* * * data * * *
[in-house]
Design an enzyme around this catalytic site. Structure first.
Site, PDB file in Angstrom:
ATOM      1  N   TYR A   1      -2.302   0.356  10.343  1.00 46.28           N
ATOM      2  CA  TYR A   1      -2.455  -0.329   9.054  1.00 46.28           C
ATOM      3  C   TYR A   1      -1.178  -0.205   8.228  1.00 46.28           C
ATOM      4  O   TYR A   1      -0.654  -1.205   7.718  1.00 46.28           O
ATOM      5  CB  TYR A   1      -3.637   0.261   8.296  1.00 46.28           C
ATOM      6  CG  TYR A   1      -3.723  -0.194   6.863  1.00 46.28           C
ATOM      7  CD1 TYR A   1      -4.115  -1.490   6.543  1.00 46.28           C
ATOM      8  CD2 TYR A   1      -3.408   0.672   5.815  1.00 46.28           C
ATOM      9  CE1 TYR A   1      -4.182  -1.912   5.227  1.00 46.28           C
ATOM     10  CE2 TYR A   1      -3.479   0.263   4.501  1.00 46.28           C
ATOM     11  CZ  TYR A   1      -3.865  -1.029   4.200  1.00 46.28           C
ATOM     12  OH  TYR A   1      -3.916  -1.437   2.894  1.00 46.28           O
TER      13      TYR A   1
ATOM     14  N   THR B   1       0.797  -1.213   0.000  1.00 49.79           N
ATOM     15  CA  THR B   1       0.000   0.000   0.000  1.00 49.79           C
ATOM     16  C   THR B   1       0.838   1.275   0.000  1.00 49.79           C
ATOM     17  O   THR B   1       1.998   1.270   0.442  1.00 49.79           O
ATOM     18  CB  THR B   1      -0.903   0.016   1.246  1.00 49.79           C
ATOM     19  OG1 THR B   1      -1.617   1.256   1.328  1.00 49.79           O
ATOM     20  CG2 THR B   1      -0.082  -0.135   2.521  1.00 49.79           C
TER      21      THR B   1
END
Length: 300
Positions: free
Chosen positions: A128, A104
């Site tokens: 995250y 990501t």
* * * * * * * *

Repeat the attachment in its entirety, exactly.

[in-house]
Design an enzyme around this catalytic site. Structure first.
Site, PDB file in Angstrom:
ATOM      1  N   TYR A   1      -2.302   0.356  10.343  1.00 46.28           N
ATOM      2  CA  TYR A   1      -2.455  -0.329   9.054  1.00 46.28           C
ATOM      3  C   TYR A   1      -1.178  -0.205   8.228  1.00 46.28           C
ATOM      4  O   TYR A   1      -0.654  -1.205   7.718  1.00 46.28           O
ATOM      5  CB  TYR A   1      -3.637   0.261   8.296  1.00 46.28           C
ATOM      6  CG  TYR A   1      -3.723  -0.194   6.863  1.00 46.28           C
ATOM      7  CD1 TYR A   1      -4.115  -1.490   6.543  1.00 46.28           C
ATOM      8  CD2 TYR A   1      -3.408   0.672   5.815  1.00 46.28           C
ATOM      9  CE1 TYR A   1      -4.182  -1.912   5.227  1.00 46.28           C
ATOM     10  CE2 TYR A   1      -3.479   0.263   4.501  1.00 46.28           C
ATOM     11  CZ  TYR A   1      -3.865  -1.029   4.200  1.00 46.28           C
ATOM     12  OH  TYR A   1      -3.916  -1.437   2.894  1.00 46.28           O
TER      13      TYR A   1
ATOM     14  N   THR B   1       0.797  -1.213   0.000  1.00 49.79           N
ATOM     15  CA  THR B   1       0.000   0.000   0.000  1.00 49.79           C
ATOM     16  C   THR B   1       0.838   1.275   0.000  1.00 49.79           C
ATOM     17  O   THR B   1       1.998   1.270   0.442  1.00 49.79           O
ATOM     18  CB  THR B   1      -0.903   0.016   1.246  1.00 49.79           C
ATOM     19  OG1 THR B   1      -1.617   1.256   1.328  1.00 49.79           O
ATOM     20  CG2 THR B   1      -0.082  -0.135   2.521  1.00 49.79           C
TER      21      THR B   1
END
Length: 300
Positions: free
Chosen positions: A128, A104
């Site tokens: 995250y 990501t």